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I am weak in mathematics and always get stuck with the problems which require answer modulo some prime no.

eg: (500!/20!) mod 1000000007

I am familiar with BigIntegers but calculating modulo after calculating factorial of 500(even after using DP) seems to take a load of time.

I'd like to know if there's a particular way of approaching/dealing with these kind of problems.

Here is one such problem which I am trying to solve at the moment:

It would really be helpful if someone could direct me to a tutorial or an approach to handle these coding problems. I am familiar with Java and C++.

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up vote 44 down vote accepted

The key to these large-number modulus tasks is not to compute the full result before performing the modulus. You should reduce the modulus in the intermediate steps to keep the number small:

500! / 20! = 21 * 22 * 23 * ... * 500

21 * 22 * 23 * 24 * 25 * 26 * 27 = 4475671200

4475671200 mod 1000000007 = 475671172
475671172 * 28 mod 1000000007 = 318792725
318792725 * 29 mod 1000000007 = 244988962
244988962 * 30 mod 1000000007 = 349668811


 31768431 * 500 mod 1000000007 = 884215395

500! / 20! mod 1000000007 = 884215395

You don't need to reduce modulus at every single step. Just do it often enough to keep the number from getting too large.

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thank you for your answer. could you help me with one more doubt. how am I to make sure that eg:31768431*x ( for any x) would not go outside the range of long. – daerty0153 Feb 7 '12 at 0:12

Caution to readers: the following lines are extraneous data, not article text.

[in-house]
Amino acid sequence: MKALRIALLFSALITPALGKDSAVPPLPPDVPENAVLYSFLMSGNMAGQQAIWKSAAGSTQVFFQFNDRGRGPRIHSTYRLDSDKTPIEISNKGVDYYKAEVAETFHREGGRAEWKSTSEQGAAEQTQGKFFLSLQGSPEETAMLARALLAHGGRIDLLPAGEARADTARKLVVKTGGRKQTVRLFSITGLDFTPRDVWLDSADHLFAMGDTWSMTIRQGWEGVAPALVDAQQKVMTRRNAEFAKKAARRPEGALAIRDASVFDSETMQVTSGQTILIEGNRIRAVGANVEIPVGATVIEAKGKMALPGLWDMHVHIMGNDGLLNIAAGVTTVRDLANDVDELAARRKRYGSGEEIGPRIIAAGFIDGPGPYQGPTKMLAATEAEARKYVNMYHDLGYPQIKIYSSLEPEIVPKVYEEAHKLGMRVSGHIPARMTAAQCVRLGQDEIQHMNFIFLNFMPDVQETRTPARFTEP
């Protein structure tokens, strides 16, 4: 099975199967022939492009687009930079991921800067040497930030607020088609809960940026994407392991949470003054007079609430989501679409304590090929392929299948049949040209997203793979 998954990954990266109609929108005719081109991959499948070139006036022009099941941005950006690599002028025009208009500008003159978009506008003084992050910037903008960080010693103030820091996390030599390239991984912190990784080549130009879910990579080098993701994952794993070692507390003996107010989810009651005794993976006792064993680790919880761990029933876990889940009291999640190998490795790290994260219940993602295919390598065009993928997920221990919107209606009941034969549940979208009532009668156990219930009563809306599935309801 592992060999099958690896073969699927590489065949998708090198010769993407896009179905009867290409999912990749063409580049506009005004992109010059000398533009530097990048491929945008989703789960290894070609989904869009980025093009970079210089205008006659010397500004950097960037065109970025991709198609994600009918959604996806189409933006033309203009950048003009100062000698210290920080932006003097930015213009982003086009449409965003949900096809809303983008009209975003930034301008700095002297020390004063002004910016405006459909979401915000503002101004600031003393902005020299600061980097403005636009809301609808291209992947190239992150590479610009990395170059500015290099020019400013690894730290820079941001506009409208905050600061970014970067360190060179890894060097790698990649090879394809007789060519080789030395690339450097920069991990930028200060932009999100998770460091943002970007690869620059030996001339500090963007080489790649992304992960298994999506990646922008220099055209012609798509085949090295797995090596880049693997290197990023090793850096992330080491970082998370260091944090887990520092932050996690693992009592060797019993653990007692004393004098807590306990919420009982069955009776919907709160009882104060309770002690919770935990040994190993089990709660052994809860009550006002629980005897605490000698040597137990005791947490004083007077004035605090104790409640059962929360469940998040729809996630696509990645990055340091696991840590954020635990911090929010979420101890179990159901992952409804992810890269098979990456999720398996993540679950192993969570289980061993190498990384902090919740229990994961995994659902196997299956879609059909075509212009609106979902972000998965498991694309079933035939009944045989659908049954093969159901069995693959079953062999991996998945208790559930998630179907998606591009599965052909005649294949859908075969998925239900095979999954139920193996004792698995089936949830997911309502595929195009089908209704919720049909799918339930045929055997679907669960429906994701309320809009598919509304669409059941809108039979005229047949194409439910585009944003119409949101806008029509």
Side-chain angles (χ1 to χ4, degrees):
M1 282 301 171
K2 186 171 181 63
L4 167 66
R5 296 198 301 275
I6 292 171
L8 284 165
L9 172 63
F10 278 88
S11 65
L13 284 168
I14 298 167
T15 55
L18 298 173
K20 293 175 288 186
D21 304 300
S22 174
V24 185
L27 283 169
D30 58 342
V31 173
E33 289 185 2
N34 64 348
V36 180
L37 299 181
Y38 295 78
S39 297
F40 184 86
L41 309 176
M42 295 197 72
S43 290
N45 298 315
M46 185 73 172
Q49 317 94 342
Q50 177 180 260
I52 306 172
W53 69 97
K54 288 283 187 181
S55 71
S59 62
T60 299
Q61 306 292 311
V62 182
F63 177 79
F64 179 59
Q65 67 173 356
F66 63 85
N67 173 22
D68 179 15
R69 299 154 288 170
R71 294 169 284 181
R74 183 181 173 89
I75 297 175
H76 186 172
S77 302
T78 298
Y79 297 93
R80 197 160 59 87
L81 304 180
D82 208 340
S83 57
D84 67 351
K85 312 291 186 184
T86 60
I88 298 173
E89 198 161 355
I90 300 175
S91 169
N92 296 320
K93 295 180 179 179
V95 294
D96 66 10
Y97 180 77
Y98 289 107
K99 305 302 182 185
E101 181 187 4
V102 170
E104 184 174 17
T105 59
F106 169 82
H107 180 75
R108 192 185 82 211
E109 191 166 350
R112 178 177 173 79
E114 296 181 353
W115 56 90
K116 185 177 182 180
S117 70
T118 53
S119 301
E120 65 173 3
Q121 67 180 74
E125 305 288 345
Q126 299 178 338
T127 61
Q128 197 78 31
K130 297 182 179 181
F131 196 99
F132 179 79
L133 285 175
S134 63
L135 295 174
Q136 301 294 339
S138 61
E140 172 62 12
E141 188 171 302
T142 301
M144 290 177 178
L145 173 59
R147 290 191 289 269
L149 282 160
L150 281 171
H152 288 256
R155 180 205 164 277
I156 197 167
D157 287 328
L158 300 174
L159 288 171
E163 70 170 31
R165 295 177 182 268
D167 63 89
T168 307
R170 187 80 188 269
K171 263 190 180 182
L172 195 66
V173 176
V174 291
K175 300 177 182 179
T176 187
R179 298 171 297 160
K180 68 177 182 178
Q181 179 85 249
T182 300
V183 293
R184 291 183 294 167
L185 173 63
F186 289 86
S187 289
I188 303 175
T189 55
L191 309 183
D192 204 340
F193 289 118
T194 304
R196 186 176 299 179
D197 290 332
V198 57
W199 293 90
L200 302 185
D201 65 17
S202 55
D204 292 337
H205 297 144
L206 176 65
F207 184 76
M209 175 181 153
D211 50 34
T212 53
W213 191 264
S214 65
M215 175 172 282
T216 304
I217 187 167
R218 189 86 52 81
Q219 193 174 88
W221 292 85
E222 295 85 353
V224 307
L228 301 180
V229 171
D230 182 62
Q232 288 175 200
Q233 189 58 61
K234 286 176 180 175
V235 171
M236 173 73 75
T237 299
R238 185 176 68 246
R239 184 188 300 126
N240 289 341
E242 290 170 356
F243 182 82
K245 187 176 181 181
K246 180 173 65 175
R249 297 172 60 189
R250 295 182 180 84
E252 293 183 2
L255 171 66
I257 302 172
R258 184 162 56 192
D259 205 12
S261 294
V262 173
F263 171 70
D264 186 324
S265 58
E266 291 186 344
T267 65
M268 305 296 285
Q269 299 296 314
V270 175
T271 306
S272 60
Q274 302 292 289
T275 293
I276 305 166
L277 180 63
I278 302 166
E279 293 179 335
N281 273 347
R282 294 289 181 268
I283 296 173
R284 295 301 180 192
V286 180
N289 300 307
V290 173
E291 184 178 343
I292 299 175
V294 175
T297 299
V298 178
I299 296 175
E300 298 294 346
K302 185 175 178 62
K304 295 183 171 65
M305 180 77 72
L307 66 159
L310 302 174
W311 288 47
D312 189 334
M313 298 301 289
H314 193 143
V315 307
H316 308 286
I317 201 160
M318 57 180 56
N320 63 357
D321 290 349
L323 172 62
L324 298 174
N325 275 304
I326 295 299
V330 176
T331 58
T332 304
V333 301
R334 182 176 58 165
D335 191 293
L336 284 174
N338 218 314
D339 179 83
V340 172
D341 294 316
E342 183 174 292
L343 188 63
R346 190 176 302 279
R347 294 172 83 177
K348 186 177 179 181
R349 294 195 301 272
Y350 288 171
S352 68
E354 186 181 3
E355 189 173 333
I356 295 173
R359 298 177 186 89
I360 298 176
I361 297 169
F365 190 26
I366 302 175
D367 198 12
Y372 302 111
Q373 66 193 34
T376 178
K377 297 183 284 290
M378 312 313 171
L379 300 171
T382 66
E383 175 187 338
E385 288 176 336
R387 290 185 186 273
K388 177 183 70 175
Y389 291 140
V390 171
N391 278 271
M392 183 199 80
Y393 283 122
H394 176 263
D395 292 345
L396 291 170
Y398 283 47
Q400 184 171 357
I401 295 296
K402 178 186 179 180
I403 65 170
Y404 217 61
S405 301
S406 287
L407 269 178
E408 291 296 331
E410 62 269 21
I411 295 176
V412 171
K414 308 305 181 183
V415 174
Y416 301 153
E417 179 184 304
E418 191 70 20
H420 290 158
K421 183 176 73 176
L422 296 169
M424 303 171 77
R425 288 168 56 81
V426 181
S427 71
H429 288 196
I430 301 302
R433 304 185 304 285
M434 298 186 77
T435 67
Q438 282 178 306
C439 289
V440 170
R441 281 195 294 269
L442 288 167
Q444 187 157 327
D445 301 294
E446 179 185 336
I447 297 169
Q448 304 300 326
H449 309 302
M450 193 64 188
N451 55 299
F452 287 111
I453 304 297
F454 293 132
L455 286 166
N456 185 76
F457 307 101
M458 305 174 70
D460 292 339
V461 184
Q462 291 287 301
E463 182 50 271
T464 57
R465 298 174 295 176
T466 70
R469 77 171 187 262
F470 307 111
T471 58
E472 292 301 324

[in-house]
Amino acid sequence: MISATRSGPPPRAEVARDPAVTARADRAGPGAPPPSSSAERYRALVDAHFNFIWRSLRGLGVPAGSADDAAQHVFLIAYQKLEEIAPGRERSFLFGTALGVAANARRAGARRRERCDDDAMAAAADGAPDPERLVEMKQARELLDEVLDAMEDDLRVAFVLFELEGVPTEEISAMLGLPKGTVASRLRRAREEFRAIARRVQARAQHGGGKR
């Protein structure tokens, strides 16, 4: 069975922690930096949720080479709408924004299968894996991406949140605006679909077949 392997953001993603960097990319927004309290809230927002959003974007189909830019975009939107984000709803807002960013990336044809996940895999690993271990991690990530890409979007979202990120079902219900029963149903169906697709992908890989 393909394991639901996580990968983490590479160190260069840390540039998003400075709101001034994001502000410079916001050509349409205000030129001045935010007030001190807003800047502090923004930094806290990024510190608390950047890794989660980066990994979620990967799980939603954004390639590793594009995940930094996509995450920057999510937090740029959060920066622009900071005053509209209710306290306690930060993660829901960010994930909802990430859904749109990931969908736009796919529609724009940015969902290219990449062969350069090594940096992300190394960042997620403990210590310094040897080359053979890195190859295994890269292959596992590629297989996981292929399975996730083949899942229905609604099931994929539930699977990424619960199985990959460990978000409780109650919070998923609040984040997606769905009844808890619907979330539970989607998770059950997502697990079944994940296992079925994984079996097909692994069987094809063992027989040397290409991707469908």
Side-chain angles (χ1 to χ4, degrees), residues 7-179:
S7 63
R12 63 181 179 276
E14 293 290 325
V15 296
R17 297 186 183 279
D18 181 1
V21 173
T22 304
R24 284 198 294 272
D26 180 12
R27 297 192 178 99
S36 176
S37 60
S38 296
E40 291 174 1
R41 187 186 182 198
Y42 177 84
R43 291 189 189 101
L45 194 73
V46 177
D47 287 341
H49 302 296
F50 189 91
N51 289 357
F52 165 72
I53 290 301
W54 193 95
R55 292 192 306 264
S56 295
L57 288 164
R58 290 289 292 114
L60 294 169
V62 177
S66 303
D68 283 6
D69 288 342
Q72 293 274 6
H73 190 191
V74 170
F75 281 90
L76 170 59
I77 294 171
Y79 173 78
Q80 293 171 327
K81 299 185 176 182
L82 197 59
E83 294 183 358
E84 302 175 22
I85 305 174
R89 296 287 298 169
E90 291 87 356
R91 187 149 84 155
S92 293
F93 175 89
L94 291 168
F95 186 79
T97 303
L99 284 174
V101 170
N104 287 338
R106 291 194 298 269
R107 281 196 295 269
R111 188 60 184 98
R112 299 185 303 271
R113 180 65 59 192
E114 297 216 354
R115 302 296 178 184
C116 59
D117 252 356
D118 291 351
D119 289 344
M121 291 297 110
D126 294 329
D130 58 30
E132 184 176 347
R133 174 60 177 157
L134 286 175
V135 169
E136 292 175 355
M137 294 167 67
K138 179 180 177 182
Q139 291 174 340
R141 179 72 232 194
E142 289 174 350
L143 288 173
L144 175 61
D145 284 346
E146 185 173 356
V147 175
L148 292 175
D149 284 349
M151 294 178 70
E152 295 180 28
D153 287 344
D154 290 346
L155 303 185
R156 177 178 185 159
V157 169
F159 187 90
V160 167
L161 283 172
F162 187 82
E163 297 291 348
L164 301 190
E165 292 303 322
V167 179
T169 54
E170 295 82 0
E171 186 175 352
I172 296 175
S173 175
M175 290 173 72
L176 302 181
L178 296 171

If the max value of long is 2^63 - 1, then 1768431 * x will not overflow as long as x < 290331368171. – Mysticial Feb 7 '12 at 0:15
But wouldn't the comparison operation be equally expensive? – nikhil Jul 2 '12 at 14:38
@nikhil What comparison operations are you referring to? – Mysticial Jul 2 '12 at 14:40
The comparison operation itself is cheap. Determining how many multiplies you can do before you need a reduction is a bit tricker. (Roughly speaking you would need to keep track of the bit-length of the product as it grows.) But you can always default to reducing modulus after every multiply. – Mysticial Jul 2 '12 at 14:58

Start by observing that 500!/20! is the product of all numbers from 21 to 500, inclusive and Next, observe that you can perform modulo multiplication item by item, taking %1000000007 at the end of each operation. You should be able to write your program now. Be careful not to overflow the number: 32 bits may not be enough.

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I think this could be of some use for you

res*=i; // an obvious step to be done 
if(res>mod) // check if the number exceeds mod
res%=mod; // so as to avoid the modulo as it is costly operation 
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